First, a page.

The base MSRP for the Prius Plug-In Hybrid is $32,000 while the Advanced has an MSRP of $39,525. Both models are eligible for up to $4,000 in government-supported incentives – $2,500 federal tax credit and $1,500 CVRP.
A national rollout of Prius Plug-in is planned for 2013. At launch, the Prius Plug-in Hybrid will be available in the following 14 states:
- New Hampshire
- Rhode Island
- New York
- New Jersey
J.D. Power and Associates released their annual vehicle dependability study today, something consumers and manufacturers pay close attention to.
“Despite facing immense challenges in 2009, automakers placed a keen focus on delivering outstanding levels of quality, which they understood would be essential to their long-term success,” said David Sargent, vice president of global automotive at J.D. Power and Associates.
Browsing through the results wouldn’t mean much to the average person unless that person were mulling over a car purchase, except for the fact that this year’s study findings break new ground. Results gathered by the famous firm suggest that vehicle dependability is at an all-time high – and not by a small margin.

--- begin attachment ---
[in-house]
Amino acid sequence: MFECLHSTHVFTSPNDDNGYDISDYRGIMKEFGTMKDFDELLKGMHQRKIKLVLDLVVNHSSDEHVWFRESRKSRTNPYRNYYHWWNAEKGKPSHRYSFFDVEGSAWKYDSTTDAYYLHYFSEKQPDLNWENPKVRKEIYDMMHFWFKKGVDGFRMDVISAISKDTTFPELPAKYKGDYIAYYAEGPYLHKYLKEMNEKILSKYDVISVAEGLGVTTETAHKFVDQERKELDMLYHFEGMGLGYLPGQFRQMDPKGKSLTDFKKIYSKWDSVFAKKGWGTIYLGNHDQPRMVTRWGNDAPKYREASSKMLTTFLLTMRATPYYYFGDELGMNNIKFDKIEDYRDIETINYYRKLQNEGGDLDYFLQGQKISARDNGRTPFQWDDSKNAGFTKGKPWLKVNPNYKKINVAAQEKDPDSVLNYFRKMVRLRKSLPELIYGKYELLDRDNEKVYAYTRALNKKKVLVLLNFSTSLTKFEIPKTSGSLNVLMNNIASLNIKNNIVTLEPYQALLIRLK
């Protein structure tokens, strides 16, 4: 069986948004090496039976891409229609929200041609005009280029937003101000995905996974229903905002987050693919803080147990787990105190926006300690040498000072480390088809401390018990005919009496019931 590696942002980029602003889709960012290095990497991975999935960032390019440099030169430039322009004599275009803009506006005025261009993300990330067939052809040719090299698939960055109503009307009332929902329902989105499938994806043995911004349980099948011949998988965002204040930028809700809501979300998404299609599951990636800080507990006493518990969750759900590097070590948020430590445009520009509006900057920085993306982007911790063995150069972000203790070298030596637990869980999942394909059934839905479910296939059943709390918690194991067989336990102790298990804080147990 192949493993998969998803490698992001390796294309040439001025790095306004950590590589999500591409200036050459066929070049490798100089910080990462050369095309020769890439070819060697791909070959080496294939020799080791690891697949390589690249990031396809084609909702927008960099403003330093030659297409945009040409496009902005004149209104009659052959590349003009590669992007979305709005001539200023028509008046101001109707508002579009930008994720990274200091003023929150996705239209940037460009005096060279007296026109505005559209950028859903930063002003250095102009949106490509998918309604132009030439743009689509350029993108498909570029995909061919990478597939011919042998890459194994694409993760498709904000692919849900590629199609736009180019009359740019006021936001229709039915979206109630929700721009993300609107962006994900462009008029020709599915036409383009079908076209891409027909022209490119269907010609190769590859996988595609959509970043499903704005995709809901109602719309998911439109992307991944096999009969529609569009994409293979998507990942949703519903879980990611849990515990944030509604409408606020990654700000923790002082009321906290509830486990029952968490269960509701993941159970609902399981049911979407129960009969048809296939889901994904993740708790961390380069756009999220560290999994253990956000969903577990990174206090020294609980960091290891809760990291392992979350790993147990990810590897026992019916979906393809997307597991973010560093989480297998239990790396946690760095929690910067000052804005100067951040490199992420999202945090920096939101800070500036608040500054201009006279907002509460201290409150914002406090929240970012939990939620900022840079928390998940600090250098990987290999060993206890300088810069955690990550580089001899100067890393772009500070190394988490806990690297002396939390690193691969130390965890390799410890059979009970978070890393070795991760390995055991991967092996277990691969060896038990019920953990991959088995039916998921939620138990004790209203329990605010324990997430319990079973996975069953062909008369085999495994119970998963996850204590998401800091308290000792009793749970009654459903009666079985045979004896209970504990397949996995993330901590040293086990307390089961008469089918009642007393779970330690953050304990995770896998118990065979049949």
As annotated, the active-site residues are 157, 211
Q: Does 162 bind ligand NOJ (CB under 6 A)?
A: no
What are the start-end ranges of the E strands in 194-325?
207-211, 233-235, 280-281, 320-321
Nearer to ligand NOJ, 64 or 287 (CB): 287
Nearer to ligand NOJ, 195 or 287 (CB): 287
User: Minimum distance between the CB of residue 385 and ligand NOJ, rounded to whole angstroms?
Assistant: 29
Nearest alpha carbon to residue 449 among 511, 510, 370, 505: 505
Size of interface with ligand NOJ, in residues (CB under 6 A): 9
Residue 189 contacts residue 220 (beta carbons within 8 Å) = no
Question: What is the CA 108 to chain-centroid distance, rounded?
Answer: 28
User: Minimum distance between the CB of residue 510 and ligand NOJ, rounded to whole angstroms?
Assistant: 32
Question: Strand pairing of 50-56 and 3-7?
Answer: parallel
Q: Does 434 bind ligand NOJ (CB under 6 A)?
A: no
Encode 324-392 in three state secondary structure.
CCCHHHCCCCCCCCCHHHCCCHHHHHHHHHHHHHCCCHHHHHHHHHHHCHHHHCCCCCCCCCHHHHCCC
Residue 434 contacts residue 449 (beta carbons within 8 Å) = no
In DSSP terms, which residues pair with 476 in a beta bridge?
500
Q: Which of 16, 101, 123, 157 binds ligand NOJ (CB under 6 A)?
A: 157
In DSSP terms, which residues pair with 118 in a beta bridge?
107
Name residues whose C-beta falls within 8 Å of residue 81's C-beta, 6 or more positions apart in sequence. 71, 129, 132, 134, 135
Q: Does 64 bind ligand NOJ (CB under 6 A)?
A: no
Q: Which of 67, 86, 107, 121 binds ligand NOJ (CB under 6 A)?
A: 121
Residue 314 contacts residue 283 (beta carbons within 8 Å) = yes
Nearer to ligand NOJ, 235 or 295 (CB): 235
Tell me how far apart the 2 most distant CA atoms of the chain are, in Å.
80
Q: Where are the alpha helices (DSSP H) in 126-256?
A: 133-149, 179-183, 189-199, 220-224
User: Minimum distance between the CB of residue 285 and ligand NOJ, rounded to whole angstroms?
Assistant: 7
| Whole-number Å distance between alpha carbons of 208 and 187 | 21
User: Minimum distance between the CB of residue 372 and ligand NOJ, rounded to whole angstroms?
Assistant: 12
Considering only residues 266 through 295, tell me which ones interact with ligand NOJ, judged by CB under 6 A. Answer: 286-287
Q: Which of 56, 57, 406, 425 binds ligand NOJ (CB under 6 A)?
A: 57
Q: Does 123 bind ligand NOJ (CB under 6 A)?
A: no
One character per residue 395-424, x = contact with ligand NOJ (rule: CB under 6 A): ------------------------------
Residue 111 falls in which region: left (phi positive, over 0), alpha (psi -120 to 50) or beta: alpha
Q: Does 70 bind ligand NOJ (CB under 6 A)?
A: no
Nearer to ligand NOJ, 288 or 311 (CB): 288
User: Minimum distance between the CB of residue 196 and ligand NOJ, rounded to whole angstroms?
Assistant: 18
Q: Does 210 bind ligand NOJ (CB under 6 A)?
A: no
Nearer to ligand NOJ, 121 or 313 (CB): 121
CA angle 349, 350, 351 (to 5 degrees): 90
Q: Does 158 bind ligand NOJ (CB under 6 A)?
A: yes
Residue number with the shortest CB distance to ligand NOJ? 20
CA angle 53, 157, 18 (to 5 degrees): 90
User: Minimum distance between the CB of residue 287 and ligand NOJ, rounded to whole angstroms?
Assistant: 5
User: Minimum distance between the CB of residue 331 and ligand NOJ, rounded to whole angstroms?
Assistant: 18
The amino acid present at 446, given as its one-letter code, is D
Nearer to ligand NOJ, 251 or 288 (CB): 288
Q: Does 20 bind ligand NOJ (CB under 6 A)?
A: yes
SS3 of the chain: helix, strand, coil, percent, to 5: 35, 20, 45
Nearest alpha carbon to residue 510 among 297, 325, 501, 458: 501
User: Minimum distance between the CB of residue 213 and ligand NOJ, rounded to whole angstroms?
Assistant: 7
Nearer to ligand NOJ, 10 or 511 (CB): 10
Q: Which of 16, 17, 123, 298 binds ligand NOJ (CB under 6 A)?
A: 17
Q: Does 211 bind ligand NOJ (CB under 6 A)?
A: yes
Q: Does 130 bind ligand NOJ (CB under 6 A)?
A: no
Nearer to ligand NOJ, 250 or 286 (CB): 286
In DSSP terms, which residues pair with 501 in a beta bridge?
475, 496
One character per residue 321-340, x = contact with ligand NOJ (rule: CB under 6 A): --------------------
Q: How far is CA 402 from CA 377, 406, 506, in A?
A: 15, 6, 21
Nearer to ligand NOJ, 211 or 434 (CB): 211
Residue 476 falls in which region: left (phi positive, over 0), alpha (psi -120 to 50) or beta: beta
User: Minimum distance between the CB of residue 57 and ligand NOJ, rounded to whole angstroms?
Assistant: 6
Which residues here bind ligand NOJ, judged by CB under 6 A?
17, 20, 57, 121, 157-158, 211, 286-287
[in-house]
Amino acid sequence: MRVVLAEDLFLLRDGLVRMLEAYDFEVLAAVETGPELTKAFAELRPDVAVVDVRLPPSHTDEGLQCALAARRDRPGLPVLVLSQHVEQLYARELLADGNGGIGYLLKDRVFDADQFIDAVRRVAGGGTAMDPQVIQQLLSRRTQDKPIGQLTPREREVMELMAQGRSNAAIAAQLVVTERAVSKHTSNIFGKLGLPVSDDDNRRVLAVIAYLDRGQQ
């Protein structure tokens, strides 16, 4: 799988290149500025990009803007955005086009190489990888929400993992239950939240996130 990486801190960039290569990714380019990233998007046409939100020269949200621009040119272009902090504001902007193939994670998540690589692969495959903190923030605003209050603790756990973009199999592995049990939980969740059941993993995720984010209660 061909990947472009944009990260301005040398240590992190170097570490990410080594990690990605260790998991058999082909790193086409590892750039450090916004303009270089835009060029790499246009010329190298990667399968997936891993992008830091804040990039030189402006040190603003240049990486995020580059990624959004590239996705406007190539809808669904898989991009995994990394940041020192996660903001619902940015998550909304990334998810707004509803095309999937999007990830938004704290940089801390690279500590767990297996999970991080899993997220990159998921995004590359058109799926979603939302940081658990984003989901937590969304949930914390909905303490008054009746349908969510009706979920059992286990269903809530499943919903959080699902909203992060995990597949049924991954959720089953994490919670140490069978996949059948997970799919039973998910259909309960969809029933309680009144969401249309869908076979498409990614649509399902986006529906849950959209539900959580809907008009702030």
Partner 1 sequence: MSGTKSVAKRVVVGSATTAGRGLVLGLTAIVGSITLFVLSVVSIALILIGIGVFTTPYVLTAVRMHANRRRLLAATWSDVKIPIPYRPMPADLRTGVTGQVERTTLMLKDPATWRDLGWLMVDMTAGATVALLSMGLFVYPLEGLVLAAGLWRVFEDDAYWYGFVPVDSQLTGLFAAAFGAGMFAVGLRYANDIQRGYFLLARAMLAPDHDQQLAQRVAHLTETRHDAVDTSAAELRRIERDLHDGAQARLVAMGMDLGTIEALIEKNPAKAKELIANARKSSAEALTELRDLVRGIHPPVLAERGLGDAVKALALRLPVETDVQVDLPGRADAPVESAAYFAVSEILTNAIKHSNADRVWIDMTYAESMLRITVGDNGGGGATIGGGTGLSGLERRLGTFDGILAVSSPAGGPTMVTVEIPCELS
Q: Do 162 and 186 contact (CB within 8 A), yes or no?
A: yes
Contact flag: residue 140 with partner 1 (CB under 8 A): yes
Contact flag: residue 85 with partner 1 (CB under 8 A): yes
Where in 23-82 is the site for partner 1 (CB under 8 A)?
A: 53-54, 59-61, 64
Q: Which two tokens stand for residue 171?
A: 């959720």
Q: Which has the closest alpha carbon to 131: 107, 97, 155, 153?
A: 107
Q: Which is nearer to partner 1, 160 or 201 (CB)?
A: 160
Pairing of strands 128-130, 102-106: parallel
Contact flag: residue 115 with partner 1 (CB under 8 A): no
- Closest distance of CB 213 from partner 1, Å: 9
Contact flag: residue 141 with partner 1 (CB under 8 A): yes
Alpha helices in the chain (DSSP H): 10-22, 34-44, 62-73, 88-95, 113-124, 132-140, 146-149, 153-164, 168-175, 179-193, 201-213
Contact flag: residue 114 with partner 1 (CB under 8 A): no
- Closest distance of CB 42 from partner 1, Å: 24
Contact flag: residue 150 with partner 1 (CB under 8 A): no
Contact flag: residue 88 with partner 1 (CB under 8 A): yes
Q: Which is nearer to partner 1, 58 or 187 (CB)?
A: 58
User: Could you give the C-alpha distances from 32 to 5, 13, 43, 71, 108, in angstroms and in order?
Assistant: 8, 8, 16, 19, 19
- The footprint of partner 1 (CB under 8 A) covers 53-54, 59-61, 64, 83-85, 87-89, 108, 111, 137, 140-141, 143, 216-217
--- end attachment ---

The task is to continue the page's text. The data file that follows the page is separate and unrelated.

In fact, that margin is larger than ever before thanks to a 13 percent improvement in reliability over the 2011 results. Last year’s study cited 151 problems reported per 100 vehicles. This year that number is down to 132 per 100. The study is based on responses by more than 31,000 original owners of 2009 model-year vehicles after three years of ownership. The survey takes problems over the previous 12 months into account and bases the results per 100 vehicles.